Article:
Novel methods and therapeutic approaches of diagnosis and treatment of Huntington's disease.
PhD Thesis, University of Basel,
Faculty of Science.
Official URL: http://edoc.unibas.ch/diss/DissB_8417
Huntington’s Disease is a neurodegenerative disorder characterized by motor dysfunction, emotional disturbance, dementia and weight loss. The disorder is caused by an autosomal dominant expansion of a CAG repeat encoding for a polyglutamine stretch in exonof the huntingtin gene. Mutated huntingtin gains a neurotoxic function, leading to the onset of clinical symptoms mostly in mid-life. The progression of Huntington’s Disease is characterized by a marked degeneration of gray and white brain matter. A loss of vulnerable neurons, most notably striatal medium-sized spiny neurons, is observed, while resistant populations are spared. No cure for Huntington’s Disease exists and the disorder progresses relentlessly with a lethal outcome about two decades after diagnosis. In my thesis I explored four main projects. As the reported cellular dysfunctions in Huntington’s Disease are numerous, I generated an inducible, neuronal model to investigate the effects of mutant huntingtin expression at the cellular level (Chapter 4.1). This inducible model allowed for adjustable expression levels of different wild-type and mutant huntingtin fragments in proliferating or differentiated HN10 neuroblastoma cells, thus providing the ability to examine huntingtin protein effects under different cellular conditions. I was able to show that this model displays key major characteristics found in Huntington’s Disease patients like transcriptional dysregulation, mutant huntingtin aggregation and decrease in cell viability. Subsequently, I made use of this newly designed cellular model to develop huntingtin detection methods to further investigate the biological role of soluble or aggregated mutant huntingtin for Huntington’s Disease development and progression. Since the role of huntingtin aggregate formation in Huntington’s Disease is still under debate, I designed a simple method based on agarose gel electrophoresis for qualitative and quantitative characterization of huntingtin aggregates in my second project. Using this method, I proceeded to analyze samples of cellular and animal Huntington’s Disease models and was able to show that in the brain of transgenic R6/2 mice aggregates became larger as a function of age and disease progression. Importantly, I showed that in primary striatal neurons and in brains of two Huntington’s Disease mouse models (transgenic R6/2 and HdhQ150 knock-in mice), aggregate formation preceded detection of any functional deficits, supporting the theory that aggregates play an important pathogenic role in Huntington’s Disease (Chapter 4.2). In the third project, I developed a method for the detection of intracellular mutant huntingtin, the causative agent of Huntington’s Disease. I generated a small recombinant protein tag which is recognized by a pair of readily available, high affinity monoclonal antibodies, thus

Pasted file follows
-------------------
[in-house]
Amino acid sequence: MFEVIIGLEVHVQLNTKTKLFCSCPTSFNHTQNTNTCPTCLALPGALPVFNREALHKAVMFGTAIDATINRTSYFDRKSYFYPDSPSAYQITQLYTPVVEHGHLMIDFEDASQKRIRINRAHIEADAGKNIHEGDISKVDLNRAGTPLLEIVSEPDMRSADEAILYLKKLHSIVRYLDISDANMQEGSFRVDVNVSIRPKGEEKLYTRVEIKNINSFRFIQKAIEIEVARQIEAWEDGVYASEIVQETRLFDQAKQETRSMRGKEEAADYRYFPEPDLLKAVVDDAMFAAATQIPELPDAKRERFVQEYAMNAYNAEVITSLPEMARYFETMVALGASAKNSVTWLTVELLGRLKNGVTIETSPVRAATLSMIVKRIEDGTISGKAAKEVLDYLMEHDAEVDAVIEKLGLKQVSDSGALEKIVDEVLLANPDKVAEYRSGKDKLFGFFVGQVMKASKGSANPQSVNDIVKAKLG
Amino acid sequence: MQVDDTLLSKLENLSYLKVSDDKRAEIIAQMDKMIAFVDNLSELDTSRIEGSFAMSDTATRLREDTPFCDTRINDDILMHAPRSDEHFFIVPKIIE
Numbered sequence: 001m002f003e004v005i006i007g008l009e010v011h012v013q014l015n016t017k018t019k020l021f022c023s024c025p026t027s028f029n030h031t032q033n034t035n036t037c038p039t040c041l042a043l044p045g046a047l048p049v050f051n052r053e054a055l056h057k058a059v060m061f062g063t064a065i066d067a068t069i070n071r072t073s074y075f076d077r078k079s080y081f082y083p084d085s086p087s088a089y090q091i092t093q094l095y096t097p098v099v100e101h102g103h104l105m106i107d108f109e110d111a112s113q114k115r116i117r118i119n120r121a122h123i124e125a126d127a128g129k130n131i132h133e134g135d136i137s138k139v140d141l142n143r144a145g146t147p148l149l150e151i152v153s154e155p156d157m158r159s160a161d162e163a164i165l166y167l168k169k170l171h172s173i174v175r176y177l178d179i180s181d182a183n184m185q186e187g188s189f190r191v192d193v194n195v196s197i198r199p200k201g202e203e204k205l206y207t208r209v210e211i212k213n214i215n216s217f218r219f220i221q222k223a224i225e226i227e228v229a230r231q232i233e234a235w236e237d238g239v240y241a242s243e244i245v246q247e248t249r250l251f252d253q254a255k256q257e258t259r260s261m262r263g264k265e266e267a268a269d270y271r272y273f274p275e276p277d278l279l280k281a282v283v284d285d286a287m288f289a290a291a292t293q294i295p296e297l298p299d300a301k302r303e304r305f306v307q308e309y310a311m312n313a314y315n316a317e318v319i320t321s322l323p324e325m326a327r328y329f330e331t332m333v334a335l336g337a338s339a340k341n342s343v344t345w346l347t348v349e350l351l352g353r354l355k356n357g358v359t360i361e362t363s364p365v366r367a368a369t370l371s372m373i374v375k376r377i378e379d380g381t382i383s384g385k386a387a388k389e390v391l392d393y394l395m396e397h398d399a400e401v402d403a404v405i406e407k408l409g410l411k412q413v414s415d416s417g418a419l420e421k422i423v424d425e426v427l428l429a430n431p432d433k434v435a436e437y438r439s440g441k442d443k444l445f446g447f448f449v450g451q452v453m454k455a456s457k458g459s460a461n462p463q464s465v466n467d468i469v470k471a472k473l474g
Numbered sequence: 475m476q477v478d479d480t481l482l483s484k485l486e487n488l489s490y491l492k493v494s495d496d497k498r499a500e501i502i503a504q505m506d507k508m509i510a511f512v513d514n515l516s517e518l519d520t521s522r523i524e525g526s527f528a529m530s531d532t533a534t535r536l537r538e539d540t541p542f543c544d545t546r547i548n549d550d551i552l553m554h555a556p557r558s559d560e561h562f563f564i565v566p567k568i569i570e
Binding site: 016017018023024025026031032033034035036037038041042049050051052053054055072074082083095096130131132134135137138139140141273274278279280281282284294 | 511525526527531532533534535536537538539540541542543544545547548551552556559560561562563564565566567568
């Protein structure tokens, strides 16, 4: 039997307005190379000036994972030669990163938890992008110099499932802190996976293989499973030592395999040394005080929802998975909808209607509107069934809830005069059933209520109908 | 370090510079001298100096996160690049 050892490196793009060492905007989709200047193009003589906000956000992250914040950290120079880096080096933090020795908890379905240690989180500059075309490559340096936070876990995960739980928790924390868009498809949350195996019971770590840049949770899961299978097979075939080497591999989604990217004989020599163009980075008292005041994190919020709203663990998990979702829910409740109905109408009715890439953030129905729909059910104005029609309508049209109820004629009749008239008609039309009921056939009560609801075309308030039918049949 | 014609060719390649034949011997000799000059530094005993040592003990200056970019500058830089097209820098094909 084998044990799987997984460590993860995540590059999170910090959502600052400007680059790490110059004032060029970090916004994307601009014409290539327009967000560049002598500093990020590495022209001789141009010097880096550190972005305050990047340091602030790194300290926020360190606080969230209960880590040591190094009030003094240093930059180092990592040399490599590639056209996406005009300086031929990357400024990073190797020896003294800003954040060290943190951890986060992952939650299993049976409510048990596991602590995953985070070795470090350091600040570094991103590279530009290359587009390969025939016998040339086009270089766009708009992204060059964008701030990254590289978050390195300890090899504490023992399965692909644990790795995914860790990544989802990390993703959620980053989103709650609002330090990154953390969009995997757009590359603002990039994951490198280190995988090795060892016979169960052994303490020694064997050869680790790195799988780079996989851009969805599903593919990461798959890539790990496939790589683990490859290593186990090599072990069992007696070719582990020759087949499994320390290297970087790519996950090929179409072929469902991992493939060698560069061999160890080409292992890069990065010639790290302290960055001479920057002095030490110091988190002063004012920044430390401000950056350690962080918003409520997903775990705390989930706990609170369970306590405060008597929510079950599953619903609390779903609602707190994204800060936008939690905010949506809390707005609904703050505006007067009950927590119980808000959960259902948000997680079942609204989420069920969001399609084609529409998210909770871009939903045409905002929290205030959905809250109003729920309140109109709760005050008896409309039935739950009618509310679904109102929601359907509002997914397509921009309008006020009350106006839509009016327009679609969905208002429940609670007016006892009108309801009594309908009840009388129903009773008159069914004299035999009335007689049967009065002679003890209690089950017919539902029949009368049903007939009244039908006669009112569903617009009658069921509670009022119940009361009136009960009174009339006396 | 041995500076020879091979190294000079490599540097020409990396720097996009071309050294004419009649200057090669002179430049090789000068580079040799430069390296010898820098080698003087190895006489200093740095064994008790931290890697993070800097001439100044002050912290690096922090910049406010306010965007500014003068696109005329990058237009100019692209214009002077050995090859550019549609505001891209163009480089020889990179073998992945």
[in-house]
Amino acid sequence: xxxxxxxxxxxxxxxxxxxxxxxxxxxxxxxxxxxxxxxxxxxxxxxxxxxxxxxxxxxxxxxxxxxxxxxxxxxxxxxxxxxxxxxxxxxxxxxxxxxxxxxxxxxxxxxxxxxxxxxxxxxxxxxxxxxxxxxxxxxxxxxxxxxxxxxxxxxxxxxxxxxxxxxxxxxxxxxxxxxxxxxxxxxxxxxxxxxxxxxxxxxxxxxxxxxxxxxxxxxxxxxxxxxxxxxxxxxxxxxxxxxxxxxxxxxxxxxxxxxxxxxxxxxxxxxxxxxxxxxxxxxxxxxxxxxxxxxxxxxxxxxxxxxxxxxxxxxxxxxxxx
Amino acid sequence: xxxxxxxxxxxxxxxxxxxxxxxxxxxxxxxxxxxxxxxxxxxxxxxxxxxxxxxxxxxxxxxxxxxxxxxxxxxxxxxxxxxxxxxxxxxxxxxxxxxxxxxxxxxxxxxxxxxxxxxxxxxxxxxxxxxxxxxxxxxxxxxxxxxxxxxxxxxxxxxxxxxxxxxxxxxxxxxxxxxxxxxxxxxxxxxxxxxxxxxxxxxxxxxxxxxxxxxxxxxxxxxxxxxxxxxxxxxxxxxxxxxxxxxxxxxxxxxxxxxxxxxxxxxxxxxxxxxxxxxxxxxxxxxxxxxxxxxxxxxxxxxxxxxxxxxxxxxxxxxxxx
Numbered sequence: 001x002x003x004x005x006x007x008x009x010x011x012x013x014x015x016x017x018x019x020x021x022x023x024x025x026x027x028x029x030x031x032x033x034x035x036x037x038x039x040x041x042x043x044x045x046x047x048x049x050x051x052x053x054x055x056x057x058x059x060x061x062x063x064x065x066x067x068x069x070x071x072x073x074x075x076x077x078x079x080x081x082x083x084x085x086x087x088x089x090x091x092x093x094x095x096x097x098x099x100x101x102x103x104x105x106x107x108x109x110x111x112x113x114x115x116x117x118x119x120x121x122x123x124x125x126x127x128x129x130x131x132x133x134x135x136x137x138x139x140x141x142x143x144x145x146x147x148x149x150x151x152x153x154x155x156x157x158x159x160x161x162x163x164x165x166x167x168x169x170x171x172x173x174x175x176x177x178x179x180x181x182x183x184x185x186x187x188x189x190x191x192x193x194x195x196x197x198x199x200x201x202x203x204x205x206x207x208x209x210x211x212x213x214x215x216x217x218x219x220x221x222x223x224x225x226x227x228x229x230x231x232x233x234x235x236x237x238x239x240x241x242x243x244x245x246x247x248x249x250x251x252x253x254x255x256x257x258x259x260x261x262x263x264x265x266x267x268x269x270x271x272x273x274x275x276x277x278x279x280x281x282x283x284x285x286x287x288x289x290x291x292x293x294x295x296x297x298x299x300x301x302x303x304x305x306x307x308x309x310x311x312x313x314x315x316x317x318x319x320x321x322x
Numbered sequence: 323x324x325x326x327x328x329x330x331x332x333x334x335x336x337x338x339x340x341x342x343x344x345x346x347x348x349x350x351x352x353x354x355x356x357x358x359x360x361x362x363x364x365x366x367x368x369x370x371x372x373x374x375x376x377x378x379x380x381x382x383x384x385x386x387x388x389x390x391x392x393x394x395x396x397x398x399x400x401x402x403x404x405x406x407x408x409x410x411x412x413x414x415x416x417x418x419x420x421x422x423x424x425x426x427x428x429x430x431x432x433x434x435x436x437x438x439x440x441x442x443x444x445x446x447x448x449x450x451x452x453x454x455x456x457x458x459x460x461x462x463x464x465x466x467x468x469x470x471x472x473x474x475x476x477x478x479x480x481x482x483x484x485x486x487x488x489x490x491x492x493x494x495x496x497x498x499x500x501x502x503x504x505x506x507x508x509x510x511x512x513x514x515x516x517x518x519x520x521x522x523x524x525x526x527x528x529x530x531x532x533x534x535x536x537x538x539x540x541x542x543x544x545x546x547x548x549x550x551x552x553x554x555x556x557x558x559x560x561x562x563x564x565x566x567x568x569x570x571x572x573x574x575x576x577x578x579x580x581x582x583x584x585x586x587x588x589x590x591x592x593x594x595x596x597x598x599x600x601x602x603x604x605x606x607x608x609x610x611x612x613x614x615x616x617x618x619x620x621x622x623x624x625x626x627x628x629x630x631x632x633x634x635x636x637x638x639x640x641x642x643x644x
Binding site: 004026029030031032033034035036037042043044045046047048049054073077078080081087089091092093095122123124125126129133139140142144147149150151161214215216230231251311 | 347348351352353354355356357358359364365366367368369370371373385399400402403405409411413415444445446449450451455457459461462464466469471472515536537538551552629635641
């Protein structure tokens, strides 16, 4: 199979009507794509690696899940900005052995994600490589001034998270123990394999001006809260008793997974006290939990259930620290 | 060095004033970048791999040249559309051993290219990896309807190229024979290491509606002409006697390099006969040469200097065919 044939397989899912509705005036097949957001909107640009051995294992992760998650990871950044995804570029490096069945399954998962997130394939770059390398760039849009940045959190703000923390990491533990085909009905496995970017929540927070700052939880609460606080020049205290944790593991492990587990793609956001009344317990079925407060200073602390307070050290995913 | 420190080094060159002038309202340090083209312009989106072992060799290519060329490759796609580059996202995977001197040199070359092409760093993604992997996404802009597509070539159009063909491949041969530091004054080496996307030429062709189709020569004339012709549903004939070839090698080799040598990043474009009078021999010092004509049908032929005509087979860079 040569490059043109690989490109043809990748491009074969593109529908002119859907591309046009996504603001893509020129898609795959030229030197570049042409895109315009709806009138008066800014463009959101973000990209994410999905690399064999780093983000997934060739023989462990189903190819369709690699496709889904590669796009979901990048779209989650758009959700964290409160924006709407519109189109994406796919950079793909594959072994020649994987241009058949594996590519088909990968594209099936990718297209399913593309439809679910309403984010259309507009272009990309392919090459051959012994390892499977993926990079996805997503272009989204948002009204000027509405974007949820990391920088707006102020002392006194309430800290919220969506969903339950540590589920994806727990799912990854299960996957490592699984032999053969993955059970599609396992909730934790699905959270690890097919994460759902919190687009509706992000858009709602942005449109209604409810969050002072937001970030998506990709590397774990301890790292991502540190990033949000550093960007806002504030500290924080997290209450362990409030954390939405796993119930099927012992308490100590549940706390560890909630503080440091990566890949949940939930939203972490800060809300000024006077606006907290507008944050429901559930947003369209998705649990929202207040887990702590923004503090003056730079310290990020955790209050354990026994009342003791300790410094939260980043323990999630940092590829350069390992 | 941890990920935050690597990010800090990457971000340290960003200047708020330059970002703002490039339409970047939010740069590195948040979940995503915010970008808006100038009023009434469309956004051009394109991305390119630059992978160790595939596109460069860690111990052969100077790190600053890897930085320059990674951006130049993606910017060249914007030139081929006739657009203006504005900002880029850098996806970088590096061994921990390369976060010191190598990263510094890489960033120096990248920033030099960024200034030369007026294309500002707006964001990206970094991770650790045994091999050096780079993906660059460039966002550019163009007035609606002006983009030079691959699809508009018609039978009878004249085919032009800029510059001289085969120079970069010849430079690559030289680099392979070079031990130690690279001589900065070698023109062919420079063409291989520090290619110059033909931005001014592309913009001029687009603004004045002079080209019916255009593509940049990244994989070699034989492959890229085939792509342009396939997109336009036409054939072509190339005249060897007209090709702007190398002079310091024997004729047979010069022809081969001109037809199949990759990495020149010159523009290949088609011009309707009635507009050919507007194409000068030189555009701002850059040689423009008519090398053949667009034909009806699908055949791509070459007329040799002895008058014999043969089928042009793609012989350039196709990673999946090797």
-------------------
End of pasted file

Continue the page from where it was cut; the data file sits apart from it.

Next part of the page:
making this method generally applicable for detection of other recombinant proteins. Using
this tag I was able to establish a time resolved fluorescence resonance energy transfer (time
resolved FRET) based assay which allows for rapid, sensitive and robust detection of cellular
mutant huntingtin levels. I miniaturized this assay to a homogeneous 1536 well microplate
format and demonstrated that the assay system is suitable for the identification of compounds
that increase or decrease the levels of huntingtin protein (Chapter 4.3).
In the fourth project, by using antibodies specific against endogenous huntingtin epitopes, I
expanded this time resolved FRET detection method to monitor the levels of endogenous
soluble mutant huntingtin in cellular, animal and human samples. I showed that the soluble
mutant huntingtin levels inversely correlate with the amount of mutant huntingtin aggregates
in the brains of aging R6/2 mice. Importantly, I was able to quantify mutant huntingtin
concentrations in blood fractions from Huntington’s Disease patients, providing for the first
time a bioassay to assess the relevance of mutant huntingtin levels as a marker for disease
progression. This biomarker could help to monitor the efficacy of drug treatments aimed at
lowering mutant huntingtin levels in preclinical and clinical trials (Chapter 4.4).
|Committee Members:||Spiess, Martin|
|Faculties and Departments:||05 Faculty of Science > Departement Biozentrum > Neurobiology|
|Bibsysno:||Link to catalogue|
|Number of Pages:||125|
|Last Modified:||30 Jun 2016 10:41|
|Deposited On:||13 Feb 2009 16:44|
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